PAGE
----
Holly and I are leaving Cape Town in just a few hours. We spent the past number of days driving east down along the Indian ocean, through coastal towns that have been manicured for tourists and past townships of corrugated iron shacks on the fringes of each of them. The physical beauty of the country is stunning around each turn of the road. We were either driving on the edge of rugged mountain slopes hugging the inside to avoid getting too close to a drop down to the ocean, or we were passing fruit and wine farms in the valley of mountains passing into a semi-dessert past dried-up ponds and flocks of ostriches.
We traveled at just the right time in South Africa: the slowest time for tourists all year. This worked out perfectly for us because we could find places to stay for under half their usual price, allowing us to spend two nights in sea-front guest houses. The first night we were in a two-story self-catering cottage made for 4-6 people with upper and lower decks facing the ocean. On the second night we stayed in a penthouse suite with a wrap-around deck, full glass walls and sliding doors, and a view east that provided an incredible view of the sunrise from our bed. I can’t imagine what this place would cost during peak season, but we paid much less than we could pay for any hotel room in Canada.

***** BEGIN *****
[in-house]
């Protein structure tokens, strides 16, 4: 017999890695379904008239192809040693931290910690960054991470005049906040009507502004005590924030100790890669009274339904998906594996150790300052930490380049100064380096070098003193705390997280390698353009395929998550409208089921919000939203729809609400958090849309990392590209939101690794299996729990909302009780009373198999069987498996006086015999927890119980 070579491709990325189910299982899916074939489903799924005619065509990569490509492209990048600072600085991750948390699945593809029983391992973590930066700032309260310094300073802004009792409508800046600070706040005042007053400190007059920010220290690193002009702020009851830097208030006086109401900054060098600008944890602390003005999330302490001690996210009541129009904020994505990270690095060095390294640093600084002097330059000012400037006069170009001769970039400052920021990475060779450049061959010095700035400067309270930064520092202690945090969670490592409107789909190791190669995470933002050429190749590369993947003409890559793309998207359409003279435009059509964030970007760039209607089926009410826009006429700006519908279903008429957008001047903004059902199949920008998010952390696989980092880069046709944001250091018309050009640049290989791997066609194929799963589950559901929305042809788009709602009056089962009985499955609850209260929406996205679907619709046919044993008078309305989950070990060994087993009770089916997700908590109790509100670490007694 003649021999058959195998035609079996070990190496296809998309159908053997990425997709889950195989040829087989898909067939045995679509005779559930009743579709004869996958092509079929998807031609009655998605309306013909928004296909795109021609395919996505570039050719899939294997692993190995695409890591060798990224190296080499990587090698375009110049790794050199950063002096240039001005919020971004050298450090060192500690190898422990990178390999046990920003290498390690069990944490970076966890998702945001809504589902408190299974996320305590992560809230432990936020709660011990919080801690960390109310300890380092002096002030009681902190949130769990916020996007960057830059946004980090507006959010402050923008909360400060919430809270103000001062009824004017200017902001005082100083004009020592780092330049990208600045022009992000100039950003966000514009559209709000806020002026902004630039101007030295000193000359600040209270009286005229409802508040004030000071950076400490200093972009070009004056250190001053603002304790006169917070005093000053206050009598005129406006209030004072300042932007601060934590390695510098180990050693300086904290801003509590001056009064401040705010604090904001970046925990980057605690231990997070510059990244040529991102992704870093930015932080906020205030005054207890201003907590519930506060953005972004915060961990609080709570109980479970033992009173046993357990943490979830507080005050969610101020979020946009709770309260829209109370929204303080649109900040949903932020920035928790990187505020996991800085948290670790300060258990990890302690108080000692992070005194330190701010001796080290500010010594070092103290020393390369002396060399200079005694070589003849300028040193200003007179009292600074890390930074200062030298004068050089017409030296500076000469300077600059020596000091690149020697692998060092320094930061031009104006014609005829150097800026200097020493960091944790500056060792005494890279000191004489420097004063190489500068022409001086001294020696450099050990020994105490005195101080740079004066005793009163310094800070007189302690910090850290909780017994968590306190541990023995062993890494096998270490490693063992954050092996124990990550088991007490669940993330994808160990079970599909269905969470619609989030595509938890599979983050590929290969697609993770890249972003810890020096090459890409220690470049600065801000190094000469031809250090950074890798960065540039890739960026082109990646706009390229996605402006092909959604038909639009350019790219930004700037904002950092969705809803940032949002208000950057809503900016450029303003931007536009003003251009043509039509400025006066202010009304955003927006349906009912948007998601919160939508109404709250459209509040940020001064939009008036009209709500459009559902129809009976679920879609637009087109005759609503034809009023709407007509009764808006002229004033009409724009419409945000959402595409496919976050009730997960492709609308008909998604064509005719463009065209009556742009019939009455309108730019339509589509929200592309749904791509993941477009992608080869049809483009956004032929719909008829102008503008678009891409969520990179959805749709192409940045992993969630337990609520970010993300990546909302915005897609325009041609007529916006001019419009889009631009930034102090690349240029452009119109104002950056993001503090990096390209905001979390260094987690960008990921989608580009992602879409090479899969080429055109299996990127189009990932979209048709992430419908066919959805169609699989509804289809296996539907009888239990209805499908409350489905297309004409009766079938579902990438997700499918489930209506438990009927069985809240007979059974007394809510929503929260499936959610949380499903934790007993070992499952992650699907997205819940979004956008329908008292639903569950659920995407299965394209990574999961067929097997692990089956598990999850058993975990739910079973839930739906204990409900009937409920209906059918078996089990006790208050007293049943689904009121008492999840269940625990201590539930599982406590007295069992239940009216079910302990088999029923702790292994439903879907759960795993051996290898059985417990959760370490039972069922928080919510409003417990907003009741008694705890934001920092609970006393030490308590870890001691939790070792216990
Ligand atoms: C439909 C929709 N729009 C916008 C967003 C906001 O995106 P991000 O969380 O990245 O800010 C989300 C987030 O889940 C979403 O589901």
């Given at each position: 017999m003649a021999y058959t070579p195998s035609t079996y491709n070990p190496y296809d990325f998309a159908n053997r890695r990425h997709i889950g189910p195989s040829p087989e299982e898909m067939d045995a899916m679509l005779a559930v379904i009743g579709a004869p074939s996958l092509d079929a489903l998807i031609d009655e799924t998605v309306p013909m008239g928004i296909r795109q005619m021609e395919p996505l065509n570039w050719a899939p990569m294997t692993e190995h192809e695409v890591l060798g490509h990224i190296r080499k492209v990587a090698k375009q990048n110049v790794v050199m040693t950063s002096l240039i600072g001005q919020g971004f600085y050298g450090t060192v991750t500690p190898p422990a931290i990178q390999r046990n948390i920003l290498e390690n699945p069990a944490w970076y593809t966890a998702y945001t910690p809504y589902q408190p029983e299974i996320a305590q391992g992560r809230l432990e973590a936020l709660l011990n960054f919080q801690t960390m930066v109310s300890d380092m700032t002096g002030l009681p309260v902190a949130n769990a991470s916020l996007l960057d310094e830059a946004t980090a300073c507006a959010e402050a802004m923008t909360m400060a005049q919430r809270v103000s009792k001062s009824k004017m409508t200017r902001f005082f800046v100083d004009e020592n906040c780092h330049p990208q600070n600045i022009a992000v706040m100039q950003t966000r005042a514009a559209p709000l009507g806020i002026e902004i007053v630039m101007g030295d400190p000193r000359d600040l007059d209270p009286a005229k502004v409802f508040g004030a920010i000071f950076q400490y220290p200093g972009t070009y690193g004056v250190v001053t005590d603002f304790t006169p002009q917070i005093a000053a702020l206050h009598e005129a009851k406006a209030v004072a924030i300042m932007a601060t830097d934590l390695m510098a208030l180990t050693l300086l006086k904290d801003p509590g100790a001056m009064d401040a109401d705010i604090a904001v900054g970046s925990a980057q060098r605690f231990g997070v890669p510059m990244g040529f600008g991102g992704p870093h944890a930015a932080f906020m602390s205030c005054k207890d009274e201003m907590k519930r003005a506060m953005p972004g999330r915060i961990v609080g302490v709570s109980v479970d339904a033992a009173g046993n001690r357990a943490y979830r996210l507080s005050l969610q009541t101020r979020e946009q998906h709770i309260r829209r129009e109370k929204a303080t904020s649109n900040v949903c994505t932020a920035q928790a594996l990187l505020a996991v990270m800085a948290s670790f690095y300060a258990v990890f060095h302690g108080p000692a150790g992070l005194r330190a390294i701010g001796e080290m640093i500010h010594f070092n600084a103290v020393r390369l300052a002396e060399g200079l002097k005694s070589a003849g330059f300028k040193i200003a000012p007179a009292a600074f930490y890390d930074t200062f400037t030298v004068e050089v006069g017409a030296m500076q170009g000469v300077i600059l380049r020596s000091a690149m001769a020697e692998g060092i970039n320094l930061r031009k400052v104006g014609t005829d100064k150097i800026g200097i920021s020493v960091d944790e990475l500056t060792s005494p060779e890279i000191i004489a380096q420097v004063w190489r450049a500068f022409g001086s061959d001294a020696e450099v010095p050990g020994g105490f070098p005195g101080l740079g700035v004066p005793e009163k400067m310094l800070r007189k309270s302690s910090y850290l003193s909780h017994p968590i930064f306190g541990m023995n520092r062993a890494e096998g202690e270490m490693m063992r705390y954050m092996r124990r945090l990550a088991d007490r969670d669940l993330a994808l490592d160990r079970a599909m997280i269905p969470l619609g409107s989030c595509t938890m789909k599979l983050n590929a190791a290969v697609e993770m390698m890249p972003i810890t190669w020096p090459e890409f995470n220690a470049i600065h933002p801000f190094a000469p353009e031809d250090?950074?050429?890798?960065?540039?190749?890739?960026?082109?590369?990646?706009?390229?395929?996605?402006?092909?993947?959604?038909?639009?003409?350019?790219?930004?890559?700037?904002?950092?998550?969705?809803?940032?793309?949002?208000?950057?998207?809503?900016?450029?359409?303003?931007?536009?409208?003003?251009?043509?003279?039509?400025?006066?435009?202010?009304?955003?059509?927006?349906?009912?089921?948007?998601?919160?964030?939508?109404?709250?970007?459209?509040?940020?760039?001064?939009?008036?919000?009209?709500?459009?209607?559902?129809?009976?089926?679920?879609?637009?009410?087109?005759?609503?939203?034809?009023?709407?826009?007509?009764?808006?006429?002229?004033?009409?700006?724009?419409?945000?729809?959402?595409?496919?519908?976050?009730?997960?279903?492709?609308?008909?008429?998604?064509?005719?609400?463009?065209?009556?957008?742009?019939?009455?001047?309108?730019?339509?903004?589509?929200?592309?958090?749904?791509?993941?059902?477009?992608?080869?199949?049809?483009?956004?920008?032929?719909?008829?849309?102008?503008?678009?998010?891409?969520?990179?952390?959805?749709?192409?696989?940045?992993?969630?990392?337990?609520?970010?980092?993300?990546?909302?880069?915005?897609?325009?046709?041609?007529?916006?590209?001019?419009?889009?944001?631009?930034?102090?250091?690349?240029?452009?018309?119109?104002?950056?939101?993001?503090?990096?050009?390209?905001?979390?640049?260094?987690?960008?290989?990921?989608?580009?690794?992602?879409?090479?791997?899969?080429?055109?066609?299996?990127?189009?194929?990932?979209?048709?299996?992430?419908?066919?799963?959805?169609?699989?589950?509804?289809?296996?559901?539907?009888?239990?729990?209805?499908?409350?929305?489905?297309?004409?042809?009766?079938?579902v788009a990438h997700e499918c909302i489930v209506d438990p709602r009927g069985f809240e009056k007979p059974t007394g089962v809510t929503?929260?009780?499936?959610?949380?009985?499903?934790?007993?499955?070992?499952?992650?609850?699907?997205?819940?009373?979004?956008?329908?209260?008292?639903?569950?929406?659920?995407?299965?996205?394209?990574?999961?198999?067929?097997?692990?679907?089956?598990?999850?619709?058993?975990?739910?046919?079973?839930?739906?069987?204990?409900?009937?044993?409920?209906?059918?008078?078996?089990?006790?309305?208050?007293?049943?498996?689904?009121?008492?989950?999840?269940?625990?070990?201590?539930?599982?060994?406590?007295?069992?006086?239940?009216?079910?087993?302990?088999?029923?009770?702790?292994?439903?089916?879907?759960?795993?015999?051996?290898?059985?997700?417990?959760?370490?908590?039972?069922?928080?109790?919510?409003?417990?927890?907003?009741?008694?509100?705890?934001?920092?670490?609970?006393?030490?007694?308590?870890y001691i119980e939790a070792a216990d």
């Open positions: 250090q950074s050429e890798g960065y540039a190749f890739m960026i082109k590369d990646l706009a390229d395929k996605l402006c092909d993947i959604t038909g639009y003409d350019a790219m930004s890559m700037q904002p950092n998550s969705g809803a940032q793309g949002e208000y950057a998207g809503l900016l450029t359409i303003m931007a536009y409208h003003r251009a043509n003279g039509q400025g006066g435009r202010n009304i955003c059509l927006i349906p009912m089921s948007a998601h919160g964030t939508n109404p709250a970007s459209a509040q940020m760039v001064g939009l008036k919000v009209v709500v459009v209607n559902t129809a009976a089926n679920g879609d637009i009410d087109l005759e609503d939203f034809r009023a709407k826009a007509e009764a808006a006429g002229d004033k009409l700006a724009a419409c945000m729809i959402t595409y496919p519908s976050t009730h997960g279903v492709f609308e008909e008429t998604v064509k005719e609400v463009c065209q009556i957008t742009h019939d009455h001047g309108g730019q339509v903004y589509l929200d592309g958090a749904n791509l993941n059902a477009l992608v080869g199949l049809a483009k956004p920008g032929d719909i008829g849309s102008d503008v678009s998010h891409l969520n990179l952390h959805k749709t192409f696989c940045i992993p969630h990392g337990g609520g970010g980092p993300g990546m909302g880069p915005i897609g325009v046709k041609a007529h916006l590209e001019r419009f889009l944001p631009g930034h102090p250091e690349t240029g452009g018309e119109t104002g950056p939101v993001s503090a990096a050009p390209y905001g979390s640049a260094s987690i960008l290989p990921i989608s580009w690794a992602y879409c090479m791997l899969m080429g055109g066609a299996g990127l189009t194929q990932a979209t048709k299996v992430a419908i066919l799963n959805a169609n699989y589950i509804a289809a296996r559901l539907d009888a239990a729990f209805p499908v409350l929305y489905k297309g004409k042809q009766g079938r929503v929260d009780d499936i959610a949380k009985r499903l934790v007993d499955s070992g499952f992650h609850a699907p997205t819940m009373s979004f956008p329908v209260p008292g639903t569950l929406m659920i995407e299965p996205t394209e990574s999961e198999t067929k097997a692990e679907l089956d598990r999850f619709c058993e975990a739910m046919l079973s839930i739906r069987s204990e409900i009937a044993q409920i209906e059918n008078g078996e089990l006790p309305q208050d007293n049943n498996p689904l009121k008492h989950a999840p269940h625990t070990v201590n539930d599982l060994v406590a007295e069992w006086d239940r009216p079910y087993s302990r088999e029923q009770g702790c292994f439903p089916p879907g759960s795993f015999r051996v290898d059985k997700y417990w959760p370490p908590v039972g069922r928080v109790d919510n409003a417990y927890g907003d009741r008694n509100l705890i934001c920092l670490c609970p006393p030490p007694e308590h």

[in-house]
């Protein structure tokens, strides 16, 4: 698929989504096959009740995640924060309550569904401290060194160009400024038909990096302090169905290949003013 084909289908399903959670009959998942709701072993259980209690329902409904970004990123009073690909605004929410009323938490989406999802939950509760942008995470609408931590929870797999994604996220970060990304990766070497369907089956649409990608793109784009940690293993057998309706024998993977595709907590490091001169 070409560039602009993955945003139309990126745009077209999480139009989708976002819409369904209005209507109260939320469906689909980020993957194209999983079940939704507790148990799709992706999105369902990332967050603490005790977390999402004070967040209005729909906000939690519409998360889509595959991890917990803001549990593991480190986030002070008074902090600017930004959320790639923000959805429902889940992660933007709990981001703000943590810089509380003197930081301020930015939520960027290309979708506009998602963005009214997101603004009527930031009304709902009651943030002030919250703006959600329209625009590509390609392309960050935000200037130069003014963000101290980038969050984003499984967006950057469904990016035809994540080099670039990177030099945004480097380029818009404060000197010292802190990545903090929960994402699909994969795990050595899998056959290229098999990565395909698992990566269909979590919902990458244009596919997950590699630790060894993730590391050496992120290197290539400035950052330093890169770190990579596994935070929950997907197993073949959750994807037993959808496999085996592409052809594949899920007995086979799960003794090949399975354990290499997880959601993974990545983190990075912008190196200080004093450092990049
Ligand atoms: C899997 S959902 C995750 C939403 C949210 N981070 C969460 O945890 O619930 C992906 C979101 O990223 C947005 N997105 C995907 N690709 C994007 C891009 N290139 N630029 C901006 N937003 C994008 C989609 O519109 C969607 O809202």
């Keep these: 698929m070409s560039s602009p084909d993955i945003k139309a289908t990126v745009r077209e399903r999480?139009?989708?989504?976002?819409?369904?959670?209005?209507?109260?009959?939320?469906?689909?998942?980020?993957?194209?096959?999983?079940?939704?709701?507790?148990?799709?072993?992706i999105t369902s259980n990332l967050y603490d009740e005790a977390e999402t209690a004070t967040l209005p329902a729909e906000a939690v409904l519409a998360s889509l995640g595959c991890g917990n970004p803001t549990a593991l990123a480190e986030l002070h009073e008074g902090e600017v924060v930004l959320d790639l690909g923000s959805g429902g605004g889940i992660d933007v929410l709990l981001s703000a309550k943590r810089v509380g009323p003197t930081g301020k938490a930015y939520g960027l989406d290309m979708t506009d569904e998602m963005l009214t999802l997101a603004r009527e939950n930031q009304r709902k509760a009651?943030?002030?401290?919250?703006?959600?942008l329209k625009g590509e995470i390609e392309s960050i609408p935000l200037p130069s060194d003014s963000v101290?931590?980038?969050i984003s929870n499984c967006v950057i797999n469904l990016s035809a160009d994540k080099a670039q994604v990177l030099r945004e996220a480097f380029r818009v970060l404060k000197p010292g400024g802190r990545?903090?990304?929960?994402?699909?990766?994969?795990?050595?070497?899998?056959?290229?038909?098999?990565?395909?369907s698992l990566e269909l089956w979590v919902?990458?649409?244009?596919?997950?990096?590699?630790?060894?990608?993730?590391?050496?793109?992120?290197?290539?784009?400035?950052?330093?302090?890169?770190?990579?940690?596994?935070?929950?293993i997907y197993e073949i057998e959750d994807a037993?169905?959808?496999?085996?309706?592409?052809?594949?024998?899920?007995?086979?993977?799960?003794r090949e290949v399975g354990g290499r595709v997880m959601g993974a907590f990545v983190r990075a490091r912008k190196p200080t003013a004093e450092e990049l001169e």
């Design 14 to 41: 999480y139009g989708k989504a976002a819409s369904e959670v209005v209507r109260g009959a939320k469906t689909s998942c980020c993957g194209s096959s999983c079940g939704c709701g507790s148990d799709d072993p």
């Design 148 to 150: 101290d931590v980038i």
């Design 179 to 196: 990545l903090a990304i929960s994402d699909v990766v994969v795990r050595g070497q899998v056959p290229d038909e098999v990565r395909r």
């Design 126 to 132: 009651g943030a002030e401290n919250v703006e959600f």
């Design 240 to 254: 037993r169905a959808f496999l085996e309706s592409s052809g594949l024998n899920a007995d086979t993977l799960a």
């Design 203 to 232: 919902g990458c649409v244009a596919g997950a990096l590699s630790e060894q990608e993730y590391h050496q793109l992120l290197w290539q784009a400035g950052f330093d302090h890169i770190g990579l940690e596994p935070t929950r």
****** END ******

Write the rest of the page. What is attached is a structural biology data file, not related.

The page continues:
Our last night was spent in a small town called Montagu which is known for its dried fruit and wine vineyards. This town was really out in the mountains, and interesting enough had the same feel as some of the small towns in northern Ontario. We stayed at a guesthouse with its own brewery and walked the vacant streets at 8 o’clock at night. We did find, however, that there was a pool competition going on at Uncle Sam’s Pub, a place whose decor and customers reminded us of the Arlington hotel in Maynooth. The crowd ranged from 18-60 yrs old, and people moved slowly with their cigarettes and beer as they navigated from one person to the next while waiting their turn at the pool competition.
Later in the night we had a locally brewed beer with the owners of our guest house who told us their stories of how they came from Cape Town to Montagu. Hearing people’s personal stories of life in South Africa has been one of my favourite things to do here, as they all reveal something different about the country. This couple told us about dealing with the gangs and corrupt police as they ran a restaurant in Muizenburg, a popular surfing spot. They also spent three months working for a game reserve in the Northern Cape, but they had to quit that job because they couldn’t deal with the racism of their boss. They were now in Montagu trying to get into the tourist industry there. I am sure they will do well, as it was the one Holly and I picked after touring several other places to stay.
We have many more stories to tell from our road trip, but we will share them later, maybe in person.